Steelmakers Forecast Sees 2009 Demand Falling -8.6%

Without China, global steel consumption would be down -24.4%

From its annual meeting, the trade association representing the world’s leading steelmakers has issues a near-term steel demand forecast, anticipating that 2009 global steel consumption will fall by -8.6% to 1.1 billion metric tons. It would be the second consecutive year of decline for steel products, according to the World Steel Assn. In 2008, global demand fell by -1.4%.

WorldSteel noted that the new forecast is an improvement of its interim outlook issued in April. That study projected 2009 steel demand would decrease by -14.1%.

Now, the WorldSteel forecasters conclude that global steel demand is recovering and will continue to grow through 2010, to achieve a 9.2% increase to 1,206 million metric tons. That would return the total to its 2008 level.

Daniel Novegil, the chairman of the WorldSteel Economics Committee stated: "The global recovery is stronger than we predicted in April. According to our current forecast, China will rebound 19% in 2009 and 5% in 2010. Emerging economies will slow down 17% in 2009, to grow 12% in 2010. Apparent steel use in developed economies, that contracted 34% in 2009, will rebound 15% in 2010.

“Therefore,” Novegil continued, “WorldSteel forecasts that global steel demand will return to growth in 2010, but this is expected to be moderate. As before the financial crisis, the emerging economies, especially China, will be the critical factor in driving world steel demand in the near future.

Chinese steel demand has been markedly consistent throughout the global decline. As it has done each year for the past decade, China’s steel consumption is expected to rise again for 2009, by 18.8% to 526 million metric tons. The association concludes that China will account for 47.7% of global steel consumption. Without China, it added, world steel demand would have fallen by -24.4%.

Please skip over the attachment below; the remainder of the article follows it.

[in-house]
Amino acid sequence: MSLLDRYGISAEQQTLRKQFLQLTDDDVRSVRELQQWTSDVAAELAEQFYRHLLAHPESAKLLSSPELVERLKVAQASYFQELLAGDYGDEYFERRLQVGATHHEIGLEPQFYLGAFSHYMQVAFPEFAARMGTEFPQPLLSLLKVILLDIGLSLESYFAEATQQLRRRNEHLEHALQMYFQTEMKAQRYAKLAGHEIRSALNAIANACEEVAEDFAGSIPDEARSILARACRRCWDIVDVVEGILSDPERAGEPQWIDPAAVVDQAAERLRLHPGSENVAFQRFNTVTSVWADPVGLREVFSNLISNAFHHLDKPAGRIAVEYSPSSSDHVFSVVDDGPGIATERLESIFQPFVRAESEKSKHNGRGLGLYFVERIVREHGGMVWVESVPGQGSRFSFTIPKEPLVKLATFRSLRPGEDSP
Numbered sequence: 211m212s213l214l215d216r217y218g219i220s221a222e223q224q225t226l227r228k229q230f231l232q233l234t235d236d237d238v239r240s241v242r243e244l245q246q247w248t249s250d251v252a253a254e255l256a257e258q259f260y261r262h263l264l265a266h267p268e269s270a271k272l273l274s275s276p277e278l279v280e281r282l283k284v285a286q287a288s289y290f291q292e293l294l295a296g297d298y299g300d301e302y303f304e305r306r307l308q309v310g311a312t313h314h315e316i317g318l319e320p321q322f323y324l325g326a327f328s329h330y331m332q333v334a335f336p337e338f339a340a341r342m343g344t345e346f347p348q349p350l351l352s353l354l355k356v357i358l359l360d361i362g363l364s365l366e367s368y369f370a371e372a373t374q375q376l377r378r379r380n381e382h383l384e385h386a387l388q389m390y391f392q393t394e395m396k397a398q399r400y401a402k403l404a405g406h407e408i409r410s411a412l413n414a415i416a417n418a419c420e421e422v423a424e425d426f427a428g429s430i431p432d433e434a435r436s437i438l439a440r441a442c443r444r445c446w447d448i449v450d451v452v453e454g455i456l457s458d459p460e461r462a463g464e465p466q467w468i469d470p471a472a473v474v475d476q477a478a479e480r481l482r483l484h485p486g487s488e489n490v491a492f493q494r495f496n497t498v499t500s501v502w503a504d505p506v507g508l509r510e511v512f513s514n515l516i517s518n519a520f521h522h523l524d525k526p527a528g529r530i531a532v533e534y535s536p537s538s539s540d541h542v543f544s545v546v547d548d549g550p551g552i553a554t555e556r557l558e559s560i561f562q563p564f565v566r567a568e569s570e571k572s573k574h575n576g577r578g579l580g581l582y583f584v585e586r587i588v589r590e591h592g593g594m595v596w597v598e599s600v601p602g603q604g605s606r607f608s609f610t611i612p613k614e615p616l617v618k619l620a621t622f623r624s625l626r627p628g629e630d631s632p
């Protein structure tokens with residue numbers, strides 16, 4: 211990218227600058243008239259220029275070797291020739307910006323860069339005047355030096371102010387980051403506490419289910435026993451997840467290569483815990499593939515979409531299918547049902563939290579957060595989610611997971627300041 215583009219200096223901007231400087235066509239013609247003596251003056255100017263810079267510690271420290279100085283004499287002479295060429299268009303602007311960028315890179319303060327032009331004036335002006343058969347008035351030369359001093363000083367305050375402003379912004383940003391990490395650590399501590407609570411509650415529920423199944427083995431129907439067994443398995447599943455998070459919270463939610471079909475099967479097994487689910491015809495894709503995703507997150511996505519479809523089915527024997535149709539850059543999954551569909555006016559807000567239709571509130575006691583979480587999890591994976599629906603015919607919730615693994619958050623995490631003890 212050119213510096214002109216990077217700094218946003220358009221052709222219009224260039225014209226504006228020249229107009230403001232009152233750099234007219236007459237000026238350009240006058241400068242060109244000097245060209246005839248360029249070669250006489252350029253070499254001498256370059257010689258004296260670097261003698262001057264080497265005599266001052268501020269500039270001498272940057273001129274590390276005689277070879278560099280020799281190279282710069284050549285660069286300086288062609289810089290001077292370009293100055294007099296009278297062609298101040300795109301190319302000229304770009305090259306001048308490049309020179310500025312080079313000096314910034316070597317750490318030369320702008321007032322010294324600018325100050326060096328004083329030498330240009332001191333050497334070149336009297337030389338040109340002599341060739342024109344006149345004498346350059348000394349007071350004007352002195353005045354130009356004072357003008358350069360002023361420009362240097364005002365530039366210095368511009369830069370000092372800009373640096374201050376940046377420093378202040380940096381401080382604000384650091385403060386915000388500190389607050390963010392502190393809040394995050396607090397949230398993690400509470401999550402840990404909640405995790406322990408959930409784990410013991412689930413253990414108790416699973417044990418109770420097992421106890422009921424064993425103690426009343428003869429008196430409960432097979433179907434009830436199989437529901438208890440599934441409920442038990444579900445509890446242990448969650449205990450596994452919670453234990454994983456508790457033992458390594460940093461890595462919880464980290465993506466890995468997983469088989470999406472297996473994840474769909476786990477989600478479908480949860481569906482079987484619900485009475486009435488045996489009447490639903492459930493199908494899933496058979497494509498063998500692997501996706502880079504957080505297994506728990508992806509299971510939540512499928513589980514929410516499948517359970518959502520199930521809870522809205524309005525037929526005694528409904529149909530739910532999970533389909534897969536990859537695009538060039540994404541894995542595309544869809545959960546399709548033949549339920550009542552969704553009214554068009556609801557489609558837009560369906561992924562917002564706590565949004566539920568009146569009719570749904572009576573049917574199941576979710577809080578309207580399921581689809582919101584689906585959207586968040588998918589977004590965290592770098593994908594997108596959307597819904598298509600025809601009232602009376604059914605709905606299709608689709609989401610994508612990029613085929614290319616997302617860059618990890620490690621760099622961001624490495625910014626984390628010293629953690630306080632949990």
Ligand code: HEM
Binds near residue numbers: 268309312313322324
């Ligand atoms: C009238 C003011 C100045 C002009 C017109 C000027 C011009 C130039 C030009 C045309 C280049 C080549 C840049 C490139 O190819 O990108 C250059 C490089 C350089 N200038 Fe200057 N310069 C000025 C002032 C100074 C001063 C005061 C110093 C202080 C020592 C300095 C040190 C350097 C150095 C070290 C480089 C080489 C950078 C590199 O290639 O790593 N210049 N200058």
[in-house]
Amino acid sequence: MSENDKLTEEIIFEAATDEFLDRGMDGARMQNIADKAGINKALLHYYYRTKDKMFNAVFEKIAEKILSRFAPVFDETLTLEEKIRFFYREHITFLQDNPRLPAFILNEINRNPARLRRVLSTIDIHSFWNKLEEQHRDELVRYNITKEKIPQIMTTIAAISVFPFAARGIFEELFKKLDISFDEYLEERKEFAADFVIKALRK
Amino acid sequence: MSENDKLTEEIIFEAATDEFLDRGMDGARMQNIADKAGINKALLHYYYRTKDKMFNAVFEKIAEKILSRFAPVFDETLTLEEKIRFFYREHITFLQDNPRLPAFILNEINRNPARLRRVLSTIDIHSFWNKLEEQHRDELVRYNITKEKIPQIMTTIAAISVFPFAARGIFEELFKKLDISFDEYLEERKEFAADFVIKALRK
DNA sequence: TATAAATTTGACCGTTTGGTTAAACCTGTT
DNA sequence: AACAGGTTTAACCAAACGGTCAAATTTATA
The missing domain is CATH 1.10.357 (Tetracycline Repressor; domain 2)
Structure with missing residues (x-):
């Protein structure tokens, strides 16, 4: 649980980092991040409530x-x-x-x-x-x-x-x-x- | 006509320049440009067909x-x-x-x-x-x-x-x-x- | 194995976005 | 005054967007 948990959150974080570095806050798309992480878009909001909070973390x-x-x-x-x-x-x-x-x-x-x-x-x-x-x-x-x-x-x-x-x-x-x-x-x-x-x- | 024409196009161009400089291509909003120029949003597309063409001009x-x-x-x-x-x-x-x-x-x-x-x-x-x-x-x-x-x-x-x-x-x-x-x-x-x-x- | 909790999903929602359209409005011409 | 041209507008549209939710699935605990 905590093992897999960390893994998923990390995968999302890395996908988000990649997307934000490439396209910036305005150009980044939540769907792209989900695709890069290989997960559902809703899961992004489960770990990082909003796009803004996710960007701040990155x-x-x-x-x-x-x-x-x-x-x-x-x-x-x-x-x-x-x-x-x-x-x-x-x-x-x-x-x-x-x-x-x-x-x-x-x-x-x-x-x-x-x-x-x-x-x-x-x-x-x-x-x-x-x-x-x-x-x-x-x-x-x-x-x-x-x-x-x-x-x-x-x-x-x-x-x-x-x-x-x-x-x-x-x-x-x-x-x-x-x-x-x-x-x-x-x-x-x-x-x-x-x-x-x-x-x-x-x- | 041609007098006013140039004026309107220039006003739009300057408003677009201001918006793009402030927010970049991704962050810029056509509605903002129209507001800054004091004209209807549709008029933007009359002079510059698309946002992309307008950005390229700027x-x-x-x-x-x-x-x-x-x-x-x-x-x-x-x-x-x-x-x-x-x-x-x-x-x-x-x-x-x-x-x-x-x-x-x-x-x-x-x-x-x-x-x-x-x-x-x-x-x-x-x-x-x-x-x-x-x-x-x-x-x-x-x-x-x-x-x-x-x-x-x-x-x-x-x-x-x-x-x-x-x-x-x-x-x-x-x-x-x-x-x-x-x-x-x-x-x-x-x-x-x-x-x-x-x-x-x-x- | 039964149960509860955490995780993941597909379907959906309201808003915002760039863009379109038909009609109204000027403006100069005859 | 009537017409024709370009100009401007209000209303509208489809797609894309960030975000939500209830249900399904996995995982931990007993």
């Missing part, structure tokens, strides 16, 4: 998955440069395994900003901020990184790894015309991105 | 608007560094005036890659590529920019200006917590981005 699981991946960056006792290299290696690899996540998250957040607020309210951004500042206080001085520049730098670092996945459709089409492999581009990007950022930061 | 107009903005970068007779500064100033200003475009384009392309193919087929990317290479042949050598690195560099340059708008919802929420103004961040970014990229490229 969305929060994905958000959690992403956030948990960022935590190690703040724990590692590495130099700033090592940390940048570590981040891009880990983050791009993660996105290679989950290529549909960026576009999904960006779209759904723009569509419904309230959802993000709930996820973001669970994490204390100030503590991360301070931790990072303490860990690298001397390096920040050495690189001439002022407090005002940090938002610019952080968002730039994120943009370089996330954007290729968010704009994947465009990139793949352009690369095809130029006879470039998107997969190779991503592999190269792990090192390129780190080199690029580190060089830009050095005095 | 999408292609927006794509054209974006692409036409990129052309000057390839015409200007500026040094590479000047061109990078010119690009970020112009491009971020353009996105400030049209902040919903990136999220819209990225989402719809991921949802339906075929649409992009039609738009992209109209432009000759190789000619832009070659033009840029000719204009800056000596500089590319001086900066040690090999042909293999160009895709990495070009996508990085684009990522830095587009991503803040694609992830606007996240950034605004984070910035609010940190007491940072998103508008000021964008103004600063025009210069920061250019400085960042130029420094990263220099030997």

Indian steel consumption is forecast to grow by 8.9% in 2009 and 12.1% in 2010, according to the report.

However, in the NAFTA region the study anticipates that 2009 steel demand will fall -35.8%. From that level, it foresees a 17.1% increase in 2010 demand.

Specifically, U.S. steel demand is seen declining by -38.7% to 60 million metric tons in 2009. It dropped -8.2% in 2008. The 2010 forecast sees an 18.8% rebound to 72 million metric tons in 2010.

Similarly, the EU-27 nations are expected to show a -32.6% decline in steel consumption for 2009, to 122 million metric tons. The 2010 forecast sees that demand increasing by 12.4% in the EU-27.

WorldSteel notes that both the NAFTA and EU-27 regions would be reverting to 1991 demand levels if the 2010 forecast is accurate.

In Japan, steel consumption in 2009 will show a -31.3% decline, but is expected to recover by 15.8% to a total of 61 million metric tons in 2010.

Concluding, Novegil said: “While the state of the global economy has improved, uncertainties and concerns regarding the resilience of the recovery still remain with the possibility of any premature reduction in government stimulus actions. This uncertainty particularly exists for the Chinese economy in 2010, whose fast recovery in 2009 was largely enabled by such strong government stimulus policies.”

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